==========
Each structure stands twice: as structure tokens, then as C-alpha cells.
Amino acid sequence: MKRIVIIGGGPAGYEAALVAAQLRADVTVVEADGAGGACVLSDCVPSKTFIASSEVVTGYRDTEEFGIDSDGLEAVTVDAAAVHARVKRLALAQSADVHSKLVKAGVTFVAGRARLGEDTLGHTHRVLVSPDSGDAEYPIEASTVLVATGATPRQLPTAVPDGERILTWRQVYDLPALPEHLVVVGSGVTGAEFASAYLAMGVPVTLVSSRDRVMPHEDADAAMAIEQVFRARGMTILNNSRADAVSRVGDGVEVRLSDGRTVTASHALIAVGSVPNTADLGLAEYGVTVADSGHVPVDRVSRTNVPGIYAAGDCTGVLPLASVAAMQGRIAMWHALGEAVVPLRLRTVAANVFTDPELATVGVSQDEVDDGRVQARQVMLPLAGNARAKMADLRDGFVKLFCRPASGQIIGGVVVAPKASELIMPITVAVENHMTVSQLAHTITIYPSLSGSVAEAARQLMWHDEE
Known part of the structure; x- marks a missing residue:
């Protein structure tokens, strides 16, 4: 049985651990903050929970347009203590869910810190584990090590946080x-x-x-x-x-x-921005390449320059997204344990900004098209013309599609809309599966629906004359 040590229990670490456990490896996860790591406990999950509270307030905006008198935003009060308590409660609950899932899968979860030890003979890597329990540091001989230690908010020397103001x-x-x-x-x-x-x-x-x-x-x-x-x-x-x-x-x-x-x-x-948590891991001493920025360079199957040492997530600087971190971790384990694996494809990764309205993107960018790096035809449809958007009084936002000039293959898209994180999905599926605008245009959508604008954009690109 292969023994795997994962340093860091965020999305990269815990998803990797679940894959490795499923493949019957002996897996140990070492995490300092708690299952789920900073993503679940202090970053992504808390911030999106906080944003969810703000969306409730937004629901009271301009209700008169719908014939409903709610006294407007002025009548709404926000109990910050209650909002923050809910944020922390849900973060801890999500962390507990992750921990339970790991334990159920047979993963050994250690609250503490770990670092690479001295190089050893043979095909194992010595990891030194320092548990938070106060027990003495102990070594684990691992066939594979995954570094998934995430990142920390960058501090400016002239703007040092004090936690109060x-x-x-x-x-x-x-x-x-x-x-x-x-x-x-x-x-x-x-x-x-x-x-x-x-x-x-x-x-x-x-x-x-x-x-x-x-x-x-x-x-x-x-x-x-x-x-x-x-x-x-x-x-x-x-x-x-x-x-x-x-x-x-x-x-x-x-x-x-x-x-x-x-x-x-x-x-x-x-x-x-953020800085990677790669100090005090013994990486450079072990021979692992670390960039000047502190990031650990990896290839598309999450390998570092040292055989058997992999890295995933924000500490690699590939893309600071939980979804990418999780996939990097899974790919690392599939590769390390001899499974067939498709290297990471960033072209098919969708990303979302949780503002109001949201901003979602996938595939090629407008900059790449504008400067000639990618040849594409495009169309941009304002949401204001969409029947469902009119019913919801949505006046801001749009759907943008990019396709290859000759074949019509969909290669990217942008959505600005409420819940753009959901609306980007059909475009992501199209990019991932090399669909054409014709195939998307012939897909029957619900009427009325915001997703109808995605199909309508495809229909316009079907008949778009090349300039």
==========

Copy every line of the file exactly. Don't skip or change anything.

Each structure stands twice: as structure tokens, then as C-alpha cells.
Amino acid sequence: MKRIVIIGGGPAGYEAALVAAQLRADVTVVEADGAGGACVLSDCVPSKTFIASSEVVTGYRDTEEFGIDSDGLEAVTVDAAAVHARVKRLALAQSADVHSKLVKAGVTFVAGRARLGEDTLGHTHRVLVSPDSGDAEYPIEASTVLVATGATPRQLPTAVPDGERILTWRQVYDLPALPEHLVVVGSGVTGAEFASAYLAMGVPVTLVSSRDRVMPHEDADAAMAIEQVFRARGMTILNNSRADAVSRVGDGVEVRLSDGRTVTASHALIAVGSVPNTADLGLAEYGVTVADSGHVPVDRVSRTNVPGIYAAGDCTGVLPLASVAAMQGRIAMWHALGEAVVPLRLRTVAANVFTDPELATVGVSQDEVDDGRVQARQVMLPLAGNARAKMADLRDGFVKLFCRPASGQIIGGVVVAPKASELIMPITVAVENHMTVSQLAHTITIYPSLSGSVAEAARQLMWHDEE
Known part of the structure; x- marks a missing residue:
């Protein structure tokens, strides 16, 4: 049985651990903050929970347009203590869910810190584990090590946080x-x-x-x-x-x-921005390449320059997204344990900004098209013309599609809309599966629906004359 040590229990670490456990490896996860790591406990999950509270307030905006008198935003009060308590409660609950899932899968979860030890003979890597329990540091001989230690908010020397103001x-x-x-x-x-x-x-x-x-x-x-x-x-x-x-x-x-x-x-x-948590891991001493920025360079199957040492997530600087971190971790384990694996494809990764309205993107960018790096035809449809958007009084936002000039293959898209994180999905599926605008245009959508604008954009690109 292969023994795997994962340093860091965020999305990269815990998803990797679940894959490795499923493949019957002996897996140990070492995490300092708690299952789920900073993503679940202090970053992504808390911030999106906080944003969810703000969306409730937004629901009271301009209700008169719908014939409903709610006294407007002025009548709404926000109990910050209650909002923050809910944020922390849900973060801890999500962390507990992750921990339970790991334990159920047979993963050994250690609250503490770990670092690479001295190089050893043979095909194992010595990891030194320092548990938070106060027990003495102990070594684990691992066939594979995954570094998934995430990142920390960058501090400016002239703007040092004090936690109060x-x-x-x-x-x-x-x-x-x-x-x-x-x-x-x-x-x-x-x-x-x-x-x-x-x-x-x-x-x-x-x-x-x-x-x-x-x-x-x-x-x-x-x-x-x-x-x-x-x-x-x-x-x-x-x-x-x-x-x-x-x-x-x-x-x-x-x-x-x-x-x-x-x-x-x-x-x-x-x-x-953020800085990677790669100090005090013994990486450079072990021979692992670390960039000047502190990031650990990896290839598309999450390998570092040292055989058997992999890295995933924000500490690699590939893309600071939980979804990418999780996939990097899974790919690392599939590769390390001899499974067939498709290297990471960033072209098919969708990303979302949780503002109001949201901003979602996938595939090629407008900059790449504008400067000639990618040849594409495009169309941009304002949401204001969409029947469902009119019913919801949505006046801001749009759907943008990019396709290859000759074949019509969909290669990217942008959505600005409420819940753009959901609306980007059909475009992501199209990019991932090399669909054409014709195939998307012939897909029957619900009427009325915001997703109808995605199909309508495809229909316009079907008949778009090349300039």